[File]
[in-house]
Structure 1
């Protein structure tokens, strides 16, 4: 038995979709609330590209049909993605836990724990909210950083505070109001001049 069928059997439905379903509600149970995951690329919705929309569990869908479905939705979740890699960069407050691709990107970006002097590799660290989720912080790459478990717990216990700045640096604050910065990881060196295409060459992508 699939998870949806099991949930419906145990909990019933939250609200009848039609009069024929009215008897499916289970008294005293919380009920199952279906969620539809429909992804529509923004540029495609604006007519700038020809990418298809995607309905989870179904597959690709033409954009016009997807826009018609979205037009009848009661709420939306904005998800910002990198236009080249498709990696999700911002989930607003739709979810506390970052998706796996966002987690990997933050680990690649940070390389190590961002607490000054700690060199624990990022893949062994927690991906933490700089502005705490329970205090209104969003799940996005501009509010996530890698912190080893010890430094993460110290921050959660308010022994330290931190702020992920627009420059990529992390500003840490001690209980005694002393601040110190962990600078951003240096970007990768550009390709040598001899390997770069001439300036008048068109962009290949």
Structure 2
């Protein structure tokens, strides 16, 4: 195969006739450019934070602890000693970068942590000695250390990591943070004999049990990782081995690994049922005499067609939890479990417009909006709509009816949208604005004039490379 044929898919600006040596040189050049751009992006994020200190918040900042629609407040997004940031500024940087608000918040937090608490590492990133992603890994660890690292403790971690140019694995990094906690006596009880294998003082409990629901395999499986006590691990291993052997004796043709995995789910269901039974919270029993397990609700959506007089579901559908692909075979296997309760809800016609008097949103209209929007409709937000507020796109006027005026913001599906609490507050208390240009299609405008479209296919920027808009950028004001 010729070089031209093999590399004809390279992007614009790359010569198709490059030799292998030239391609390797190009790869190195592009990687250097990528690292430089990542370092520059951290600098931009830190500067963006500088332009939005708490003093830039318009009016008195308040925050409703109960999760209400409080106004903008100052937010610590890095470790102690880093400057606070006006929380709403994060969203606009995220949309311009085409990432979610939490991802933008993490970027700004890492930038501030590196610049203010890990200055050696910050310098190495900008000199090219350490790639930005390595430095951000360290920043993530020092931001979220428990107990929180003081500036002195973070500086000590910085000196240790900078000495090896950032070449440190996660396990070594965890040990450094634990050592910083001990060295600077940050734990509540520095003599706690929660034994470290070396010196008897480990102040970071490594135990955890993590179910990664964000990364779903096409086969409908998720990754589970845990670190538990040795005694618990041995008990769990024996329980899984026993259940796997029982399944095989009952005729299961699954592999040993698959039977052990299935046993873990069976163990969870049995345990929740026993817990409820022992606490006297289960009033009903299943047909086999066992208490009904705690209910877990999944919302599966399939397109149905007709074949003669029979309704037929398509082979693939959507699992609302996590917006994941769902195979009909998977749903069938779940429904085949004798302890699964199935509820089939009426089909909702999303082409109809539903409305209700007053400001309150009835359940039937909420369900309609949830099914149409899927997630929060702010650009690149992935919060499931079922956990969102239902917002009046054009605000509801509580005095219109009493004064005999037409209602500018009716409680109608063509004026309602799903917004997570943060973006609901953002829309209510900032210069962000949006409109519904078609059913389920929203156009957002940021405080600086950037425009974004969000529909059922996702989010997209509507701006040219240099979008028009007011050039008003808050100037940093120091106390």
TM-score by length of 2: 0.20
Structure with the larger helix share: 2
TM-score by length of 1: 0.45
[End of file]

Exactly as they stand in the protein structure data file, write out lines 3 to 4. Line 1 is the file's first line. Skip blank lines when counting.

């Protein structure tokens, strides 16, 4: 038995979709609330590209049909993605836990724990909210950083505070109001001049 069928059997439905379903509600149970995951690329919705929309569990869908479905939705979740890699960069407050691709990107970006002097590799660290989720912080790459478990717990216990700045640096604050910065990881060196295409060459992508 699939998870949806099991949930419906145990909990019933939250609200009848039609009069024929009215008897499916289970008294005293919380009920199952279906969620539809429909992804529509923004540029495609604006007519700038020809990418298809995607309905989870179904597959690709033409954009016009997807826009018609979205037009009848009661709420939306904005998800910002990198236009080249498709990696999700911002989930607003739709979810506390970052998706796996966002987690990997933050680990690649940070390389190590961002607490000054700690060199624990990022893949062994927690991906933490700089502005705490329970205090209104969003799940996005501009509010996530890698912190080893010890430094993460110290921050959660308010022994330290931190702020992920627009420059990529992390500003840490001690209980005694002393601040110190962990600078951003240096970007990768550009390709040598001899390997770069001439300036008048068109962009290949």
Structure 2